How social-driven design is replacing—and improving upon—the medical model for eldercare facilities
For the past decade, expectations have been steadily rising in the design of eldercare facilities. From assisted living and skilled nursing, to senior living, these facilities have been shaking off the sterile, hospital-inspired designs of the past to create a more resident-centric, homelike environment. Studies confirm the benefits of living in a social setting on the physical and emotional well-being of seniors. The standard for eldercare is changing.
In my nearly 30 years designing facilities for the elderly, I’ve been especially excited by this rising chapter in senior living design. These social-centric designs encourage residents to be more active and communal, provide families peace of mind that their loved ones are in settings reminiscent of home, and help eldercare providers remain competitive in an ever-expanding market.
At RoseCrest, a homelike feel is created throughout the property as part of the operator’s mission to create “Abundant Life.”
How can we design eldercare facilities that are more homelike, while still providing the necessary accommodations for medical functions? There are several key tactics that can be incorporated, both in a new facility as well as a renovation, to enhance the feeling of home. These strategies don’t just feel good, they promote overall well-being and offer an antidote to loneliness. Researchers have identified loneliness as one of today’s prime health risk factors.
With the “stealth health” approach, the design concept centers on resident comfort in a setting that also supports uncompromising care in an inconspicuous way.
Just as kitchens are the heart of the traditional home, dining areas play an important role in the elder care environment. To meet the demand for a more elevated, communal dining experience, providers are doing away with the cafeteria-style tray line to create a setting that feels more like eating at home or in a restaurant. The result is a “country kitchen” where residents can enjoy a meal in a dining room, in some cases being served at a table with from a selection of menu items. Through thoughtful design choices, these dining rooms can serve as a thriving social setting for residents—very much like a Panera or Starbucks.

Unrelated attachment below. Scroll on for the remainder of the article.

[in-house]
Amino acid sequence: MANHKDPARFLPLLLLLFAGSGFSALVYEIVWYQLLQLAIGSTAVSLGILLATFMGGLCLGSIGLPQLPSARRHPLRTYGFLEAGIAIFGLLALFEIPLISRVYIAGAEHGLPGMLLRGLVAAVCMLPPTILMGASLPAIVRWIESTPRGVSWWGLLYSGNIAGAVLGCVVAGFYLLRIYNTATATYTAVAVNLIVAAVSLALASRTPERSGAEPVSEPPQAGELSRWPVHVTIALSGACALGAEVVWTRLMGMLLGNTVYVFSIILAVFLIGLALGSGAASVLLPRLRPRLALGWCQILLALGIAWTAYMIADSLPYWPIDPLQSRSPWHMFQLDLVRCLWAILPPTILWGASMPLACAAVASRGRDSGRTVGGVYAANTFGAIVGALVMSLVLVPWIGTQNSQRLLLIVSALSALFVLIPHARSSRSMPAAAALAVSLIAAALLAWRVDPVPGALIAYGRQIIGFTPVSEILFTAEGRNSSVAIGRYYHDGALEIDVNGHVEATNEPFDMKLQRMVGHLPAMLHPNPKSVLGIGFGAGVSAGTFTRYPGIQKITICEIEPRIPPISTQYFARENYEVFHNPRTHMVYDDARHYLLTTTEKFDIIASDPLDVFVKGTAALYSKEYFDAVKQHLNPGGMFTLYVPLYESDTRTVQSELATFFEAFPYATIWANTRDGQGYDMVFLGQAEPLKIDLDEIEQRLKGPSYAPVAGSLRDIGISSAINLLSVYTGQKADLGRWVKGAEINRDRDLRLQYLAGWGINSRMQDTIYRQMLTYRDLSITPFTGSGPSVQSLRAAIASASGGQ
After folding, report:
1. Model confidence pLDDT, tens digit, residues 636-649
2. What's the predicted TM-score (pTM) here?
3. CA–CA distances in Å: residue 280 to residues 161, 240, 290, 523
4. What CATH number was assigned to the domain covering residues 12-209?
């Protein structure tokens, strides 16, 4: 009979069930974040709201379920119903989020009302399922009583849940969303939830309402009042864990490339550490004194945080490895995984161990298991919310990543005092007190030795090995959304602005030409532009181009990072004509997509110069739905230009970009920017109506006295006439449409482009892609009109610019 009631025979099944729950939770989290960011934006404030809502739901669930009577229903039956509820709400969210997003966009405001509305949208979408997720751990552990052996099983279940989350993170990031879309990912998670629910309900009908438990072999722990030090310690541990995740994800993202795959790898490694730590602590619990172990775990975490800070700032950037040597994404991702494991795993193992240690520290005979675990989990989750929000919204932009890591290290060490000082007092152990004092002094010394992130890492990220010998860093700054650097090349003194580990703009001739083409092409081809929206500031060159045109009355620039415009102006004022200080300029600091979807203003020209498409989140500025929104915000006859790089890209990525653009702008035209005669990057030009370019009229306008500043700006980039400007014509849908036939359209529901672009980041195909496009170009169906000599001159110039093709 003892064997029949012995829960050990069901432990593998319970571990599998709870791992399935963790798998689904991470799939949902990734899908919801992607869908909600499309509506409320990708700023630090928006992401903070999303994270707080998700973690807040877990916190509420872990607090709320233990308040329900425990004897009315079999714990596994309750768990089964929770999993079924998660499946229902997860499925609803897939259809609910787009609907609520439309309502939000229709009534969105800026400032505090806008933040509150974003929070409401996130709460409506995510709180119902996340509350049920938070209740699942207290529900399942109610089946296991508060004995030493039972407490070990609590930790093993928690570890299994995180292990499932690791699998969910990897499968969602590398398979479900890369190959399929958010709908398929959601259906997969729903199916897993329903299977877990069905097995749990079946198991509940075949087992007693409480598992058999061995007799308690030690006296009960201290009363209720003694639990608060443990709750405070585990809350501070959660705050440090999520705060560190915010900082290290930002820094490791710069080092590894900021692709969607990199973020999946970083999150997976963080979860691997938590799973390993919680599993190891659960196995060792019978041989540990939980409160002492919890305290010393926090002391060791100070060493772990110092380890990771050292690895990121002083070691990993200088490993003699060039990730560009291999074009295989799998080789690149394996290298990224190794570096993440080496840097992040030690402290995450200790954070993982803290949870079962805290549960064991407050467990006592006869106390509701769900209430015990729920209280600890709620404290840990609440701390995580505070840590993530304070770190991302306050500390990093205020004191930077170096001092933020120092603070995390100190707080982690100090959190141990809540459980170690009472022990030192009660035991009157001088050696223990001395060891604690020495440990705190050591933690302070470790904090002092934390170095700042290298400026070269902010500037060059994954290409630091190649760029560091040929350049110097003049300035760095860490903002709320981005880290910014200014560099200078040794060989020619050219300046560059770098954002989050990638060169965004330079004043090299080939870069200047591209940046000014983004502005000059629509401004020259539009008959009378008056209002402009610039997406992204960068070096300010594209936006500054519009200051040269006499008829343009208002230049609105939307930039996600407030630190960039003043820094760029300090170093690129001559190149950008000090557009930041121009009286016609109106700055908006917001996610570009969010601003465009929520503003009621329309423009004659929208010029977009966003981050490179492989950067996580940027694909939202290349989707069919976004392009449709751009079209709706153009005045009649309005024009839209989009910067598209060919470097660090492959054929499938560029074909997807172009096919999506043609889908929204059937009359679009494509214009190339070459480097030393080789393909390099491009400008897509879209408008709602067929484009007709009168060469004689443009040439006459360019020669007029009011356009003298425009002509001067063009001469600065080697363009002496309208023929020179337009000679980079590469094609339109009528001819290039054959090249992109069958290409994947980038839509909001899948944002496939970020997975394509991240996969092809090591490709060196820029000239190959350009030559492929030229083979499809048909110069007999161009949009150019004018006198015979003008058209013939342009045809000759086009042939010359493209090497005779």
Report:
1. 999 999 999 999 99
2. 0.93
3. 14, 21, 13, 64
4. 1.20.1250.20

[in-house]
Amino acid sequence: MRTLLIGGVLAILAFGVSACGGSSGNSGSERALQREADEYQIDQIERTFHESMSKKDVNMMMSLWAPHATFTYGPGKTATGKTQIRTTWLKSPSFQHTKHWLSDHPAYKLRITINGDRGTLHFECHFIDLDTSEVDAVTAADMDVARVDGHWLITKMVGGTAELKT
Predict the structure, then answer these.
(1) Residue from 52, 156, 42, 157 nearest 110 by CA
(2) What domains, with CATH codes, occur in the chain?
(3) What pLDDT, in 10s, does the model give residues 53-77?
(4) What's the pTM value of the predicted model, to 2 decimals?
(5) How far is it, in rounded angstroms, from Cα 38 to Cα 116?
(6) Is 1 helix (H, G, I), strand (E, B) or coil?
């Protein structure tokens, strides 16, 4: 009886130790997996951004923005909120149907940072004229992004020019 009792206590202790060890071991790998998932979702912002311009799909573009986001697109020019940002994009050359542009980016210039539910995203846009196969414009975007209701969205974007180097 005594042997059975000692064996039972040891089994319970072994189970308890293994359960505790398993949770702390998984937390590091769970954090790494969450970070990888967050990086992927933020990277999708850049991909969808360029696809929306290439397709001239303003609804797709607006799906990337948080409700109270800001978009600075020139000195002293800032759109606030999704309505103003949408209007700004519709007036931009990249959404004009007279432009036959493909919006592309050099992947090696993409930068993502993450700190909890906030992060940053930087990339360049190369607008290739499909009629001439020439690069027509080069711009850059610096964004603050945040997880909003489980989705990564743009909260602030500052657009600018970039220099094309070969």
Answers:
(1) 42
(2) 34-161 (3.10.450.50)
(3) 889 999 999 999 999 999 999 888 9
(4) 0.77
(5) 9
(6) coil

Kitchens at RoseCrest provide residents space to interact over a meal in a setting that feels like home.
During the design of the new RoseCrest, an assisted-living project from Lutheran Senior Life in Pennsylvania, our team advised our client to forego a larger building scheme in favor of two 15-bed “households” incorporating a homelike feel. The property includes features like country kitchens and hallways that encircle outdoor courtyards for added light and openness to the whole environment. This design scheme resonated with the client’s mission of creating “Abundant Life.”
This design proved popular with residents, allowing Lutheran Senior Life to rapidly fill the RoseCrest facility and subsequently support a second project, an independent living facility embracing similar design tactics called Overbrook Pointe. In fact, the dining space in Overbrook Pointe has become so popular that residents are eager to invite friends from outside of the facility, expanding their social community.
_q_tweetable:With the “stealth health” approach, the design concept centers on resident comfort in a setting that also supports uncompromising care in an inconspicuous way._q_
For decades, the prevalent model in nursing home and assisted living design was inspired by hospital settings. It revolved around a scheme with long corridors lined along each side with shared or semi-private rooms. The overall feel was institutional, efficient, and easy to maintain. With the elder care approach evolving from “patient” care to “resident” care, facilities are trending toward private rooms with full bathrooms. Even with property renovations, where a major changeover may not be realistic, there has been a clear move toward a more homelike environment for resident rooms.
We can enhance this environment through a more discerning level of finishes and fixtures with the character of home. Details such as more intimate lighting, residential-style bathroom vanities, decorative mirrors, attractive accessories, and the like, make these residences feel more like home.
Welcoming common areas
The feeling of home doesn’t just stop at a resident’s door. Hallways are moving away from institutional design. Aspects like the nurse’s stations and medical support areas are now strategically hidden from sight, while still giving nurses a clear view to deliver patient care when needed, hence the nickname “stealth health.”
Hallways at RoseCrest are bright, airy, and welcoming, with medical areas out of sight but in easy reach when needed.
Common areas are also being designed with an eye toward hospitality to create spaces where residents want to linger, relax, and interact. At RoseCrest, for example, the central great room is cozy and inviting with exposed wood trusses, extensive woodwork, and clerestory windows.
Today’s eldercare providers are challenged not only to deliver quality care for the eldest members of our society but increasingly to provide for a higher quality of life demanded by loved ones and the residents themselves. Providers would do well to incorporate design features such as those above that build community and feel like home as today’s best practice.
About the AuthorMore Content by Tom Grden